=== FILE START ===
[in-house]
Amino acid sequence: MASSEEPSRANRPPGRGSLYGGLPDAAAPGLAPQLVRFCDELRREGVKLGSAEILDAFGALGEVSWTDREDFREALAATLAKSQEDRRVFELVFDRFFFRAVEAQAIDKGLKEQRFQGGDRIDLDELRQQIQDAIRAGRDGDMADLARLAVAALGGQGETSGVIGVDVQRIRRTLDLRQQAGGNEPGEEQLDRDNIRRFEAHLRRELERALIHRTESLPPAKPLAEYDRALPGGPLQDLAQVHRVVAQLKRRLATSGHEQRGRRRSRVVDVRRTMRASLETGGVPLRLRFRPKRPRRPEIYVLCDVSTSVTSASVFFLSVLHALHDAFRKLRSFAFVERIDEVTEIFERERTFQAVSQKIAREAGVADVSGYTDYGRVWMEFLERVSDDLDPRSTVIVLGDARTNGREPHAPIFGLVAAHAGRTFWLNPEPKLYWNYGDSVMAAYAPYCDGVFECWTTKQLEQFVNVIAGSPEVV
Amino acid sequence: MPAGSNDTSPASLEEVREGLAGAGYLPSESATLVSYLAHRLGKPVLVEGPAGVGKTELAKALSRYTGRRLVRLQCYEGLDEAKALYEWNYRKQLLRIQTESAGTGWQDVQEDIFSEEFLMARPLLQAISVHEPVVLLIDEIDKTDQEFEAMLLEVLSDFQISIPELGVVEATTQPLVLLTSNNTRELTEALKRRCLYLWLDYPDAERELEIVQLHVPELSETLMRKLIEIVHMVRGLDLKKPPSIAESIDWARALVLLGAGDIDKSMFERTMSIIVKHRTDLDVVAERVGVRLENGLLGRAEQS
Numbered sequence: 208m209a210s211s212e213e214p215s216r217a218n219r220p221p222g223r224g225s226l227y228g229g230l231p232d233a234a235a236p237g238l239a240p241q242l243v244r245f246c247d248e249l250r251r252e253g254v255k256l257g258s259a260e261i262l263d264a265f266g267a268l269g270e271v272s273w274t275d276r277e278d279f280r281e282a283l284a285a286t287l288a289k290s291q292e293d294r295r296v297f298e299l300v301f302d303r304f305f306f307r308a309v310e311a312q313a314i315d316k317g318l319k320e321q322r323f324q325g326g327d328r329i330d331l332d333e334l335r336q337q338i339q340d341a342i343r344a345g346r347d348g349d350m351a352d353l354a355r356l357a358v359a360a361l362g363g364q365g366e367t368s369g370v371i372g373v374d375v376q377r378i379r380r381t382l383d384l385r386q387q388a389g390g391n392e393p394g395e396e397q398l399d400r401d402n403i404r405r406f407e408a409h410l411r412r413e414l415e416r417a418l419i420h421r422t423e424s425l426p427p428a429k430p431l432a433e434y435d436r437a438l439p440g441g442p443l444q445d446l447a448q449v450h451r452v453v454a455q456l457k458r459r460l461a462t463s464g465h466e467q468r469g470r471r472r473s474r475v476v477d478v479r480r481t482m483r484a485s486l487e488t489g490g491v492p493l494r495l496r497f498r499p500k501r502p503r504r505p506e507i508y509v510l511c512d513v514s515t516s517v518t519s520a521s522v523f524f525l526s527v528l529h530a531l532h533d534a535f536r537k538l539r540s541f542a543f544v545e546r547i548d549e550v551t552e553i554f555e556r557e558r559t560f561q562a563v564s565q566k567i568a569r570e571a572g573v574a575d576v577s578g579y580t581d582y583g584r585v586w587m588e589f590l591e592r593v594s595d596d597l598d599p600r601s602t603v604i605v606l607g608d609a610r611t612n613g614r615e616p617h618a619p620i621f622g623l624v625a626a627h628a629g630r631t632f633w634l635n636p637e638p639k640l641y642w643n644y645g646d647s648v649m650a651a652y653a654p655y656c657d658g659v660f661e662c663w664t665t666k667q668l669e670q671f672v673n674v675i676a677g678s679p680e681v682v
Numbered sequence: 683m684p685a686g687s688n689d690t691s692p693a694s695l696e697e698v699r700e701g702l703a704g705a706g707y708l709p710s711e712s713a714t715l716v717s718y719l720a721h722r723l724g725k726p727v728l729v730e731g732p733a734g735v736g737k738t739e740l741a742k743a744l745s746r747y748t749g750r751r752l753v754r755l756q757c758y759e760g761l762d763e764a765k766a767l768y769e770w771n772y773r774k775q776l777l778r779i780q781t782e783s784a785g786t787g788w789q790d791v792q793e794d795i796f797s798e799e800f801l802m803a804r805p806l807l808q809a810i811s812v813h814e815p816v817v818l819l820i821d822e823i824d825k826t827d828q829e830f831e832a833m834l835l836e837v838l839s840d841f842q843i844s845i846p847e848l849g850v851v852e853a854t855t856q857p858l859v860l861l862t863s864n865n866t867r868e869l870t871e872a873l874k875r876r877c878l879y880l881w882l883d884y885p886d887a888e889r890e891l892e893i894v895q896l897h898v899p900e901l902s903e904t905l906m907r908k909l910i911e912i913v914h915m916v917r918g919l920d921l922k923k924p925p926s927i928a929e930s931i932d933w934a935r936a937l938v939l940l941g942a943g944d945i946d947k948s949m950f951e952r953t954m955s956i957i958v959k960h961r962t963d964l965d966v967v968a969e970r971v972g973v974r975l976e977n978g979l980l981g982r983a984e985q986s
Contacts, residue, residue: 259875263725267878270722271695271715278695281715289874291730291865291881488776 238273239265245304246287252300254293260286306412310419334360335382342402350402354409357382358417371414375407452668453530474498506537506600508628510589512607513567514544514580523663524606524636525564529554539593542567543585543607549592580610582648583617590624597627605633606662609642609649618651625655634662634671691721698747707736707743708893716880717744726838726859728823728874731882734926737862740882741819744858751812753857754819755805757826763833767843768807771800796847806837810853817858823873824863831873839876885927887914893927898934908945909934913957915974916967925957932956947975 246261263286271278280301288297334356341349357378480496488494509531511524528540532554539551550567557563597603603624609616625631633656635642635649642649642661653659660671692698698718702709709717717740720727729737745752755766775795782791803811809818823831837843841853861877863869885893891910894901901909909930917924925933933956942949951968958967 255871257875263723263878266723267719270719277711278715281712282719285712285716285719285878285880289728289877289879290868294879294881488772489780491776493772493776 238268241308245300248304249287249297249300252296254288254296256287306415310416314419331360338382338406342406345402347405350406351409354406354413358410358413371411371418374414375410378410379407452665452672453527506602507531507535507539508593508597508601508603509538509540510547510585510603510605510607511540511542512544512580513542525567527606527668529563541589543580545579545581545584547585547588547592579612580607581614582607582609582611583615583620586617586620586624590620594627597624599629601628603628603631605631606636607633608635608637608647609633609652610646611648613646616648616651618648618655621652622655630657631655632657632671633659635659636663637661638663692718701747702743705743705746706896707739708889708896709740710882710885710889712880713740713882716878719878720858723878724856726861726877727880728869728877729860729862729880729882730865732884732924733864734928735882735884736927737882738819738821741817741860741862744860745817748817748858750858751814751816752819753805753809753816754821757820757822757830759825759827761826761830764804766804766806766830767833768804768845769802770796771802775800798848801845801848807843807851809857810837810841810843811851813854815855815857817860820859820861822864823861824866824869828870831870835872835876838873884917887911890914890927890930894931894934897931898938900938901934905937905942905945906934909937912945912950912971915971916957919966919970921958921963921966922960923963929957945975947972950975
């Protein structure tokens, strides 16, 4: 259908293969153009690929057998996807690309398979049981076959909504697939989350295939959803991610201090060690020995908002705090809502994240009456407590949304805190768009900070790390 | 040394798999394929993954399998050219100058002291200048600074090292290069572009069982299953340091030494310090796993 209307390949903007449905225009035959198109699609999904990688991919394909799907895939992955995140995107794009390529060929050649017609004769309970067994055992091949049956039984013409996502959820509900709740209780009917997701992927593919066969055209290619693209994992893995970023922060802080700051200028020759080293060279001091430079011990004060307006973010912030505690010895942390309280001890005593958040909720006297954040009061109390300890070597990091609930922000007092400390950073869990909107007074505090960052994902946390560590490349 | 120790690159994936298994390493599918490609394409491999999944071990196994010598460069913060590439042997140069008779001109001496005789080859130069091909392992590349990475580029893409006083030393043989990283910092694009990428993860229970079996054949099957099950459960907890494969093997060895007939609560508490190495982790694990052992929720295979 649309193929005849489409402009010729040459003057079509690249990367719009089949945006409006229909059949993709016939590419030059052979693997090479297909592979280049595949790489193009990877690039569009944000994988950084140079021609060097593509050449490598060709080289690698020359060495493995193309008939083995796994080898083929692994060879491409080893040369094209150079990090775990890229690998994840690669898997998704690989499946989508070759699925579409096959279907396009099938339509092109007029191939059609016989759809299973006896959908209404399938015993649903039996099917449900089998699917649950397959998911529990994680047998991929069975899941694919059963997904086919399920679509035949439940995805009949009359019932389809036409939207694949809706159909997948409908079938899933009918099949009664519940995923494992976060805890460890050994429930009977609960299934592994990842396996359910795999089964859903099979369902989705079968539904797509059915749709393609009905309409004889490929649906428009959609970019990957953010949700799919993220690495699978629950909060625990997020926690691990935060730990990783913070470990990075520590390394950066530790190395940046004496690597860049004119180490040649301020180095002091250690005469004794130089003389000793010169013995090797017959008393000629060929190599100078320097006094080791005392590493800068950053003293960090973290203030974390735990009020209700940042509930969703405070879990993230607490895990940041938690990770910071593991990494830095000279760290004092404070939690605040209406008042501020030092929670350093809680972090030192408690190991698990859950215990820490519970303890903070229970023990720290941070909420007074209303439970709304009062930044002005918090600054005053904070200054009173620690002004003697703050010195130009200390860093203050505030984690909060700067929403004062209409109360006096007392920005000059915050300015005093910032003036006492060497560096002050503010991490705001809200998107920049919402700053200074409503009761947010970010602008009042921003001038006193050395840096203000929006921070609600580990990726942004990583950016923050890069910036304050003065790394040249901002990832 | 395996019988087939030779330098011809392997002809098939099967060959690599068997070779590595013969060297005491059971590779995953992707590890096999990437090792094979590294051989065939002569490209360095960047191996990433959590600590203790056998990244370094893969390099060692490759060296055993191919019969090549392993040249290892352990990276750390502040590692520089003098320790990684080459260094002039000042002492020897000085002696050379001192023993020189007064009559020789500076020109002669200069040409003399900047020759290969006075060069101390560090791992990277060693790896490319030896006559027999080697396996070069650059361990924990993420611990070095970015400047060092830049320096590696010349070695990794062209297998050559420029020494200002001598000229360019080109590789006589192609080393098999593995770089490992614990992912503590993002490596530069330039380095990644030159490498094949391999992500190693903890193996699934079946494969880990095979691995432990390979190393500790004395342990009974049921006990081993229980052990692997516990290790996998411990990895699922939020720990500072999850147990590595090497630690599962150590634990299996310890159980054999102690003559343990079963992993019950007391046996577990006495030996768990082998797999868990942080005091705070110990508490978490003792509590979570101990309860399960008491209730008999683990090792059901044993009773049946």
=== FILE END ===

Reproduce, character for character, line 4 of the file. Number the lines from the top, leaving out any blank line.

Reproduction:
Numbered sequence: 208m209a210s211s212e213e214p215s216r217a218n219r220p221p222g223r224g225s226l227y228g229g230l231p232d233a234a235a236p237g238l239a240p241q242l243v244r245f246c247d248e249l250r251r252e253g254v255k256l257g258s259a260e261i262l263d264a265f266g267a268l269g270e271v272s273w274t275d276r277e278d279f280r281e282a283l284a285a286t287l288a289k290s291q292e293d294r295r296v297f298e299l300v301f302d303r304f305f306f307r308a309v310e311a312q313a314i315d316k317g318l319k320e321q322r323f324q325g326g327d328r329i330d331l332d333e334l335r336q337q338i339q340d341a342i343r344a345g346r347d348g349d350m351a352d353l354a355r356l357a358v359a360a361l362g363g364q365g366e367t368s369g370v371i372g373v374d375v376q377r378i379r380r381t382l383d384l385r386q387q388a389g390g391n392e393p394g395e396e397q398l399d400r401d402n403i404r405r406f407e408a409h410l411r412r413e414l415e416r417a418l419i420h421r422t423e424s425l426p427p428a429k430p431l432a433e434y435d436r437a438l439p440g441g442p443l444q445d446l447a448q449v450h451r452v453v454a455q456l457k458r459r460l461a462t463s464g465h466e467q468r469g470r471r472r473s474r475v476v477d478v479r480r481t482m483r484a485s486l487e488t489g490g491v492p493l494r495l496r497f498r499p500k501r502p503r504r505p506e507i508y509v510l511c512d513v514s515t516s517v518t519s520a521s522v523f524f525l526s527v528l529h530a531l532h533d534a535f536r537k538l539r540s541f542a543f544v545e546r547i548d549e550v551t552e553i554f555e556r557e558r559t560f561q562a563v564s565q566k567i568a569r570e571a572g573v574a575d576v577s578g579y580t581d582y583g584r585v586w587m588e589f590l591e592r593v594s595d596d597l598d599p600r601s602t603v604i605v606l607g608d609a610r611t612n613g614r615e616p617h618a619p620i621f622g623l624v625a626a627h628a629g630r631t632f633w634l635n636p637e638p639k640l641y642w643n644y645g646d647s648v649m650a651a652y653a654p655y656c657d658g659v660f661e662c663w664t665t666k667q668l669e670q671f672v673n674v675i676a677g678s679p680e681v682v